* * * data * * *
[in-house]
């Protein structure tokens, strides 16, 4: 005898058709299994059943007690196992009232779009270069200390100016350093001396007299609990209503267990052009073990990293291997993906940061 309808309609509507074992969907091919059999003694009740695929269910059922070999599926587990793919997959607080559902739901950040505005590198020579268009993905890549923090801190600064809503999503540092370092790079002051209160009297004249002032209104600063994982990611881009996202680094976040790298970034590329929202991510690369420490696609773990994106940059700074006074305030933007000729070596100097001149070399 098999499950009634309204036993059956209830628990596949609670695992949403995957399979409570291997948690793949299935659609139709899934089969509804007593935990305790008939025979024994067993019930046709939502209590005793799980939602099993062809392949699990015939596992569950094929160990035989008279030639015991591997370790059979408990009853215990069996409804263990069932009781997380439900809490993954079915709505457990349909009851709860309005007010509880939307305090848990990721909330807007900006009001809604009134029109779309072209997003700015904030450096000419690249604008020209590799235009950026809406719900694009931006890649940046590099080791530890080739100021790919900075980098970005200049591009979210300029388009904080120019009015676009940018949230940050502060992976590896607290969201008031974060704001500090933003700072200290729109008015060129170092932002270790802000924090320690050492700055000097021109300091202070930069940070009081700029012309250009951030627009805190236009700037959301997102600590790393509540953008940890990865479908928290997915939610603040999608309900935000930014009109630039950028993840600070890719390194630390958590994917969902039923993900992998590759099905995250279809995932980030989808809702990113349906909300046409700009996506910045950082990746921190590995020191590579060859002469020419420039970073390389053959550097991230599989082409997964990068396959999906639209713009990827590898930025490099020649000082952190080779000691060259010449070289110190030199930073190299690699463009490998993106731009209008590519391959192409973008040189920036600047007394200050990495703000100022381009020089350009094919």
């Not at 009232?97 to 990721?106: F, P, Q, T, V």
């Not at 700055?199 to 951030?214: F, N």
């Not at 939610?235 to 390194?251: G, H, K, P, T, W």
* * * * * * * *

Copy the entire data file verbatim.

[in-house]
């Protein structure tokens, strides 16, 4: 005898058709299994059943007690196992009232779009270069200390100016350093001396007299609990209503267990052009073990990293291997993906940061 309808309609509507074992969907091919059999003694009740695929269910059922070999599926587990793919997959607080559902739901950040505005590198020579268009993905890549923090801190600064809503999503540092370092790079002051209160009297004249002032209104600063994982990611881009996202680094976040790298970034590329929202991510690369420490696609773990994106940059700074006074305030933007000729070596100097001149070399 098999499950009634309204036993059956209830628990596949609670695992949403995957399979409570291997948690793949299935659609139709899934089969509804007593935990305790008939025979024994067993019930046709939502209590005793799980939602099993062809392949699990015939596992569950094929160990035989008279030639015991591997370790059979408990009853215990069996409804263990069932009781997380439900809490993954079915709505457990349909009851709860309005007010509880939307305090848990990721909330807007900006009001809604009134029109779309072209997003700015904030450096000419690249604008020209590799235009950026809406719900694009931006890649940046590099080791530890080739100021790919900075980098970005200049591009979210300029388009904080120019009015676009940018949230940050502060992976590896607290969201008031974060704001500090933003700072200290729109008015060129170092932002270790802000924090320690050492700055000097021109300091202070930069940070009081700029012309250009951030627009805190236009700037959301997102600590790393509540953008940890990865479908928290997915939610603040999608309900935000930014009109630039950028993840600070890719390194630390958590994917969902039923993900992998590759099905995250279809995932980030989808809702990113349906909300046409700009996506910045950082990746921190590995020191590579060859002469020419420039970073390389053959550097991230599989082409997964990068396959999906639209713009990827590898930025490099020649000082952190080779000691060259010449070289110190030199930073190299690699463009490998993106731009209008590519391959192409973008040189920036600047007394200050990495703000100022381009020089350009094919």
């Not at 009232?97 to 990721?106: F, P, Q, T, V």
């Not at 700055?199 to 951030?214: F, N």
């Not at 939610?235 to 390194?251: G, H, K, P, T, W």